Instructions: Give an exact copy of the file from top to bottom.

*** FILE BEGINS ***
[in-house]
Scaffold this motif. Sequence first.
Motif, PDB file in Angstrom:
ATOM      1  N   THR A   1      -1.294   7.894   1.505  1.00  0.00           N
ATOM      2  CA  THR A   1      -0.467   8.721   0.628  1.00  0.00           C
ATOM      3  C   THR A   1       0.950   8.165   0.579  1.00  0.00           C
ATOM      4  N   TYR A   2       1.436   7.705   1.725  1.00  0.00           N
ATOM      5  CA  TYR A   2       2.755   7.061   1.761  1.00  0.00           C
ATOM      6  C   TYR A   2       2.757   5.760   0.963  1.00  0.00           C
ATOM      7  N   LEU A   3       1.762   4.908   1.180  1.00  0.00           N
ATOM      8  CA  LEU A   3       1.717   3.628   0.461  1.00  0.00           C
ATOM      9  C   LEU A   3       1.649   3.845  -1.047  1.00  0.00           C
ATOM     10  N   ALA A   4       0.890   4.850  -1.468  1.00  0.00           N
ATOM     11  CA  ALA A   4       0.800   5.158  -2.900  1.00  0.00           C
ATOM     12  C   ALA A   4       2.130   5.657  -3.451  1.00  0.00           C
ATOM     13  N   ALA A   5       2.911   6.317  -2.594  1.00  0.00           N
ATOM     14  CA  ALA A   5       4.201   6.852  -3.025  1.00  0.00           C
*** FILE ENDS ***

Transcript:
[in-house]
Scaffold this motif. Sequence first.
Motif, PDB file in Angstrom:
ATOM      1  N   THR A   1      -1.294   7.894   1.505  1.00  0.00           N
ATOM      2  CA  THR A   1      -0.467   8.721   0.628  1.00  0.00           C
ATOM      3  C   THR A   1       0.950   8.165   0.579  1.00  0.00           C
ATOM      4  N   TYR A   2       1.436   7.705   1.725  1.00  0.00           N
ATOM      5  CA  TYR A   2       2.755   7.061   1.761  1.00  0.00           C
ATOM      6  C   TYR A   2       2.757   5.760   0.963  1.00  0.00           C
ATOM      7  N   LEU A   3       1.762   4.908   1.180  1.00  0.00           N
ATOM      8  CA  LEU A   3       1.717   3.628   0.461  1.00  0.00           C
ATOM      9  C   LEU A   3       1.649   3.845  -1.047  1.00  0.00           C
ATOM     10  N   ALA A   4       0.890   4.850  -1.468  1.00  0.00           N
ATOM     11  CA  ALA A   4       0.800   5.158  -2.900  1.00  0.00           C
ATOM     12  C   ALA A   4       2.130   5.657  -3.451  1.00  0.00           C
ATOM     13  N   ALA A   5       2.911   6.317  -2.594  1.00  0.00           N
ATOM     14  CA  ALA A   5       4.201   6.852  -3.025  1.00  0.00           C